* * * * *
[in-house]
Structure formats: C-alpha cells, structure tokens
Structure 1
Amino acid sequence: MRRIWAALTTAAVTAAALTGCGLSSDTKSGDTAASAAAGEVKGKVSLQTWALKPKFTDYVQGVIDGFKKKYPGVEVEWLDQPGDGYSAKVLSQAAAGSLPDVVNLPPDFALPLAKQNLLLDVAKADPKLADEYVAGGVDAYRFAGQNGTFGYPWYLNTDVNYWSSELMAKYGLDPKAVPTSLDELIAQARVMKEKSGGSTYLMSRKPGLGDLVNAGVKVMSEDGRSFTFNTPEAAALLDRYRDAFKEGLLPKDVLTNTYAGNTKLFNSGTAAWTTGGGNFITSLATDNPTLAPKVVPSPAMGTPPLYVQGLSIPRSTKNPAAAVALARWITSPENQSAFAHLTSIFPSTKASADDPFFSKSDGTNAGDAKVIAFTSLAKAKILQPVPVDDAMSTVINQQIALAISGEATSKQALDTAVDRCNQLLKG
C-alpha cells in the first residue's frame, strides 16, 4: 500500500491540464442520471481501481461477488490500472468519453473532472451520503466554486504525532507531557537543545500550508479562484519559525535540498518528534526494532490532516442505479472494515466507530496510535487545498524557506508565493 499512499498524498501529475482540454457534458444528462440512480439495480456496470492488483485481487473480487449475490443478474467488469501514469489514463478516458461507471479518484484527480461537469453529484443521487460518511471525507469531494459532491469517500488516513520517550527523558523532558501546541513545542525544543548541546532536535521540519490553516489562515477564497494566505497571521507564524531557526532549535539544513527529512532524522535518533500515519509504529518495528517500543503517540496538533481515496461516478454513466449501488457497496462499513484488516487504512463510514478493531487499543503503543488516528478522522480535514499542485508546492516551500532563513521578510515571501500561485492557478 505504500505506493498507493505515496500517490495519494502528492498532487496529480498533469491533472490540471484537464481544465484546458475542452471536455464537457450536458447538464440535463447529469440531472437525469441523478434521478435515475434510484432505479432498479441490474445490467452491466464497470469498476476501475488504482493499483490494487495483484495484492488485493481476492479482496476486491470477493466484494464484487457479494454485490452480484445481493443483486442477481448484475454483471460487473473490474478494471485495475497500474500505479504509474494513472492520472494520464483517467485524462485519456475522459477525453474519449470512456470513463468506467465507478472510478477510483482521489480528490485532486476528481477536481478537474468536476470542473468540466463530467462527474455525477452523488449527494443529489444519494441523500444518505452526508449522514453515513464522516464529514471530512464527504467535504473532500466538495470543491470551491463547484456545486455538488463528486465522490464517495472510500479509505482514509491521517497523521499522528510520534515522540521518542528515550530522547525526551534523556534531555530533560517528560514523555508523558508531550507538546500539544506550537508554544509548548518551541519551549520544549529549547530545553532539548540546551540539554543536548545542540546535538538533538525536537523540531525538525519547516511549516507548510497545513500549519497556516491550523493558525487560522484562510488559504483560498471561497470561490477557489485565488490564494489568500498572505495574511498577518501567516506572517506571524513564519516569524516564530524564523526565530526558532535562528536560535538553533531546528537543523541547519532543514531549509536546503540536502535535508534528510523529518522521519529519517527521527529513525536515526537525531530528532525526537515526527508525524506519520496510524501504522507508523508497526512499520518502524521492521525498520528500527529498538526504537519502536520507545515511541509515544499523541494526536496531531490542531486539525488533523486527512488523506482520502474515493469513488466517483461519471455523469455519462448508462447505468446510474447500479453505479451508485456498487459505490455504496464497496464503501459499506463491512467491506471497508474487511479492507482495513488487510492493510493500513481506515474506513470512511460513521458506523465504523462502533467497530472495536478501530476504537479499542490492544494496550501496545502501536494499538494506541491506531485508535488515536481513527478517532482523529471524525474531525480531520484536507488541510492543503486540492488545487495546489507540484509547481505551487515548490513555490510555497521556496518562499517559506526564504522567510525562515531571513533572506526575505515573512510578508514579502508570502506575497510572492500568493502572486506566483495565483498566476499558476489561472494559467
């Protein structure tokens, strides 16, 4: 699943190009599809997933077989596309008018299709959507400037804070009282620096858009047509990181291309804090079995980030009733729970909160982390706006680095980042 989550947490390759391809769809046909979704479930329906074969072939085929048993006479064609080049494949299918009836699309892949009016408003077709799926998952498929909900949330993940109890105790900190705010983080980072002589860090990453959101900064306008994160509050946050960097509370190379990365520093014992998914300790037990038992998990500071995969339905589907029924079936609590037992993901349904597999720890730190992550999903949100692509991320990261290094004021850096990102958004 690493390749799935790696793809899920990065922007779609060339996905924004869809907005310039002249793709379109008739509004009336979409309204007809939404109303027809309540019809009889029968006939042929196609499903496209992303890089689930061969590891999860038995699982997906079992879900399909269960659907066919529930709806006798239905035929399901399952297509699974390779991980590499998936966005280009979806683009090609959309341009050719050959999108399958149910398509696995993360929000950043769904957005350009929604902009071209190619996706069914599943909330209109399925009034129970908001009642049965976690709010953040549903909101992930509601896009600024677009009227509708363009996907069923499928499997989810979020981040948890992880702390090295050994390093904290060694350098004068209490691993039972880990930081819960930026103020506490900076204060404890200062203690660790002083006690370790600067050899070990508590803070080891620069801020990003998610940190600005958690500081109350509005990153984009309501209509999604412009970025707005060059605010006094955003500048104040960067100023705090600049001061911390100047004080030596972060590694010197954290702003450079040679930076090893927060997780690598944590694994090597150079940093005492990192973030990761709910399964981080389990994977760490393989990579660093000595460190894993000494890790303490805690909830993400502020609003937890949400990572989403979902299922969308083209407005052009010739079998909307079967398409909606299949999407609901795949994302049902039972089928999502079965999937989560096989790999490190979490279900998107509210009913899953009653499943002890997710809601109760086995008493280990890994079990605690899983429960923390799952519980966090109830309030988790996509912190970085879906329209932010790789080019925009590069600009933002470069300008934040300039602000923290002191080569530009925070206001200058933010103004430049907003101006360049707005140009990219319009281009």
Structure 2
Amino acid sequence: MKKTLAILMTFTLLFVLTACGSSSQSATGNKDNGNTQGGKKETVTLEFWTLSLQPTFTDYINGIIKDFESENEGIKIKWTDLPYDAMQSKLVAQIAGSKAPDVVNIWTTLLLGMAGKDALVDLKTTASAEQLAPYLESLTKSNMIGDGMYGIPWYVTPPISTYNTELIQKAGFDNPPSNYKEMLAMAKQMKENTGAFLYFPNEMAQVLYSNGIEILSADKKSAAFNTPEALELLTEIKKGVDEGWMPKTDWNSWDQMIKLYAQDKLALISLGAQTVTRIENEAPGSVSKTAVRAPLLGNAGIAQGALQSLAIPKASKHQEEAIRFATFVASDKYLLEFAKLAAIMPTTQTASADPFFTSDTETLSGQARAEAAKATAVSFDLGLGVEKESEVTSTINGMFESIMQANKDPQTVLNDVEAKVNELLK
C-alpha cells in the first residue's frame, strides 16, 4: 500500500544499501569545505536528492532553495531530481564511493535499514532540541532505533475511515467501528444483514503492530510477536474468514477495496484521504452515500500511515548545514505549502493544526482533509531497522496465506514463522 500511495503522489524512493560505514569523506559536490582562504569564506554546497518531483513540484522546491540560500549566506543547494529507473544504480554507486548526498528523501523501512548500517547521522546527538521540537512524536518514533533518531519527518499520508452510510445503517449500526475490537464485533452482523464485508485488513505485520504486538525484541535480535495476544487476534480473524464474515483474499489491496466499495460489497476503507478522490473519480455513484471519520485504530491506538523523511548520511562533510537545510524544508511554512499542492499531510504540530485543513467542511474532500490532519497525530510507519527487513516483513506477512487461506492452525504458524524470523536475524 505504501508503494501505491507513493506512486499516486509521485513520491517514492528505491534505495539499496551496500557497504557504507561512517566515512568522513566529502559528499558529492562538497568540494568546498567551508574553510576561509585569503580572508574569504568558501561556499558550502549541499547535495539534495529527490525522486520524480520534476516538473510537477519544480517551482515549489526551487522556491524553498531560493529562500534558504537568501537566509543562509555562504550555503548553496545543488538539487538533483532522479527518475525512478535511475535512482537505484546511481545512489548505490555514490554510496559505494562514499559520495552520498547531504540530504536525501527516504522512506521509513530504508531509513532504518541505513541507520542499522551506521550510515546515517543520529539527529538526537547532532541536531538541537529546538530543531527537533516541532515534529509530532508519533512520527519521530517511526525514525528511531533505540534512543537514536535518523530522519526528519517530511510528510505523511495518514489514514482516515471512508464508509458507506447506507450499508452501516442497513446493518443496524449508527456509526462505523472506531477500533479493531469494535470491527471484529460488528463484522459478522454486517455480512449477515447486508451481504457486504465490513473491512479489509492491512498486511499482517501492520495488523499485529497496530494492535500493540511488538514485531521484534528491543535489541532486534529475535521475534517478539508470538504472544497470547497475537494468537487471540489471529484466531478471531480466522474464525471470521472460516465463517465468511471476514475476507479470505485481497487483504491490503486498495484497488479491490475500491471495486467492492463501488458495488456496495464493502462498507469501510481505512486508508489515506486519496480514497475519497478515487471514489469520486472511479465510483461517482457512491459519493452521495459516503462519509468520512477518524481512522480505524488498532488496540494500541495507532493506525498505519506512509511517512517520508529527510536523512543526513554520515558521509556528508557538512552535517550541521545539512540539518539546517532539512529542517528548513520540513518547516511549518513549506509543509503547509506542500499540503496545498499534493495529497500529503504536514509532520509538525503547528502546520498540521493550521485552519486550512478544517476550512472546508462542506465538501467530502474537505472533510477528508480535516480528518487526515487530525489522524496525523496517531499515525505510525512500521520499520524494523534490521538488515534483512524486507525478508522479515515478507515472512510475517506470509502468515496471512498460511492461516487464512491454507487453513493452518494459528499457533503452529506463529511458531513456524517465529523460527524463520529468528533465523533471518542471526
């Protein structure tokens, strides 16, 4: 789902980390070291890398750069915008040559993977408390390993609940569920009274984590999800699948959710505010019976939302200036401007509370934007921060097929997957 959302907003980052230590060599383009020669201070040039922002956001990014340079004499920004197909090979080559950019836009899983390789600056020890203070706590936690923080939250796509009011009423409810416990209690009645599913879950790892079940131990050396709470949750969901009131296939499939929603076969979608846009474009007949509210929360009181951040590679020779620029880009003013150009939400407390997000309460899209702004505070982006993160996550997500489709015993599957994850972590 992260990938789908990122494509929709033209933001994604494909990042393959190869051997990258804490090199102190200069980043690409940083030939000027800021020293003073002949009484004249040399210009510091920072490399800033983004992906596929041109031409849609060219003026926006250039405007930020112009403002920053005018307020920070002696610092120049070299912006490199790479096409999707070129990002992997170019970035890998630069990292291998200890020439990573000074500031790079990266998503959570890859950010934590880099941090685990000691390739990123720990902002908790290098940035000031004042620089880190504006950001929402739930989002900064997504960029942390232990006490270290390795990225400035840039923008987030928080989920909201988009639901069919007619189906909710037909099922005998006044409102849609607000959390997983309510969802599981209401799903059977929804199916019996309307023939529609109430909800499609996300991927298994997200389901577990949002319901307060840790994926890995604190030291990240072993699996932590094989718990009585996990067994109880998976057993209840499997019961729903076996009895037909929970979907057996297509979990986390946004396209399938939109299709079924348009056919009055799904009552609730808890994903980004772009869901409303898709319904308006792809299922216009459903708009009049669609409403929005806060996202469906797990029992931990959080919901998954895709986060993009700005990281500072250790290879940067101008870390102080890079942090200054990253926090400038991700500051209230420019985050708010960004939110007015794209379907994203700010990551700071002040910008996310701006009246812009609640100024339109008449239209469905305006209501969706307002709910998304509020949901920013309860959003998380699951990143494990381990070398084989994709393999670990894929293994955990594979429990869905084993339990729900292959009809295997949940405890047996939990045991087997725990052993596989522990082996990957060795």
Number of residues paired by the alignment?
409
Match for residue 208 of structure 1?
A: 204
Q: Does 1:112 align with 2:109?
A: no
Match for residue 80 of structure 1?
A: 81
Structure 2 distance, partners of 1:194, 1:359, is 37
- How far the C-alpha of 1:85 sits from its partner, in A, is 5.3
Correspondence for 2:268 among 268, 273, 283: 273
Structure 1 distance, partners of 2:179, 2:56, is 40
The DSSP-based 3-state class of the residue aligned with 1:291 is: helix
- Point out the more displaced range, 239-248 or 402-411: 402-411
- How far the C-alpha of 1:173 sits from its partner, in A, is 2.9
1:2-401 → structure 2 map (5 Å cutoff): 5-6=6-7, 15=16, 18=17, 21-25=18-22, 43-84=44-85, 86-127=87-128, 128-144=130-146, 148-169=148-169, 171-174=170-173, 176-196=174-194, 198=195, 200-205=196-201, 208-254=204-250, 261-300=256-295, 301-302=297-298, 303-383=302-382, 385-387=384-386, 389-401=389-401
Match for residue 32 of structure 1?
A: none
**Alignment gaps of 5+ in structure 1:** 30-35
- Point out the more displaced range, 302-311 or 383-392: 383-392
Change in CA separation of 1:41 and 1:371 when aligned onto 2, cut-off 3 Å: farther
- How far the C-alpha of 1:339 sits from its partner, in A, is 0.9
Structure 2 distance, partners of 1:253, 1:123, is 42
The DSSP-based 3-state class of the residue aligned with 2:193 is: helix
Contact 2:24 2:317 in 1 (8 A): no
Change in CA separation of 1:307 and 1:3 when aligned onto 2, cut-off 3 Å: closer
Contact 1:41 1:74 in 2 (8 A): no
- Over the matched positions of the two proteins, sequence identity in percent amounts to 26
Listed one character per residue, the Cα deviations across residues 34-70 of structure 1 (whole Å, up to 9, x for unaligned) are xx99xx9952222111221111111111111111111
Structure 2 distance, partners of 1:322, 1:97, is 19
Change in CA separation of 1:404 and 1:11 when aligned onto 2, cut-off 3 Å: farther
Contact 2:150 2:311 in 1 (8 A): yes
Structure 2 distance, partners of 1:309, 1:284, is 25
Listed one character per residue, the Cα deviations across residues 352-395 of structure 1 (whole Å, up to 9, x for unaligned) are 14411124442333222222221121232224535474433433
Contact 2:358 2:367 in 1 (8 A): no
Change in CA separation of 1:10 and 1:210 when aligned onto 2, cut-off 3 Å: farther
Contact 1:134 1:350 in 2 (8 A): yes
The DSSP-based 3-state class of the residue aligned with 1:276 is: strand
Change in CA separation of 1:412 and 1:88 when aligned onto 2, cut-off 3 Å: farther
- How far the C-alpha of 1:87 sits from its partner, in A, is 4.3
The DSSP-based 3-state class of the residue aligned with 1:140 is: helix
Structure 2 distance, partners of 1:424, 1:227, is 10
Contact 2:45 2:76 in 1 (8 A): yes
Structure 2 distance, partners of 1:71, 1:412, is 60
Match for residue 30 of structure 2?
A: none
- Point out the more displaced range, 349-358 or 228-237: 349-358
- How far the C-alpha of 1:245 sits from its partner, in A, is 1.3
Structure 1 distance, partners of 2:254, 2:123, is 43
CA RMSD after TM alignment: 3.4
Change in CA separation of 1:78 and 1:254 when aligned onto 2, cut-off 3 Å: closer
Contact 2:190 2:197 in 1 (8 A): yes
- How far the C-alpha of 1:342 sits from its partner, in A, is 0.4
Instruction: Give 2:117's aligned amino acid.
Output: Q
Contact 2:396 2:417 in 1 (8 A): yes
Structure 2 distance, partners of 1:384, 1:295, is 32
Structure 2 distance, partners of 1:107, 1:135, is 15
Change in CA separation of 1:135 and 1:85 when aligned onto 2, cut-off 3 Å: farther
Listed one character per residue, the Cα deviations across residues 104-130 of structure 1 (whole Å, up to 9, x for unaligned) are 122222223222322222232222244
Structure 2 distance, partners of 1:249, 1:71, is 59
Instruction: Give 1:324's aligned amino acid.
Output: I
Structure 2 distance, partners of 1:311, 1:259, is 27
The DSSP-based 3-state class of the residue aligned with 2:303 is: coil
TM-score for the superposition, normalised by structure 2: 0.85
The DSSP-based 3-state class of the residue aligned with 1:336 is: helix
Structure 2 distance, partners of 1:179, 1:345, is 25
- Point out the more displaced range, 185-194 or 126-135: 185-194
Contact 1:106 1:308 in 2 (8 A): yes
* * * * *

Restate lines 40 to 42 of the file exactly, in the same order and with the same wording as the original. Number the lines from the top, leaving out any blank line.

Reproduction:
Structure 2 distance, partners of 1:322, 1:97, is 19
Change in CA separation of 1:404 and 1:11 when aligned onto 2, cut-off 3 Å: farther
Contact 2:150 2:311 in 1 (8 A): yes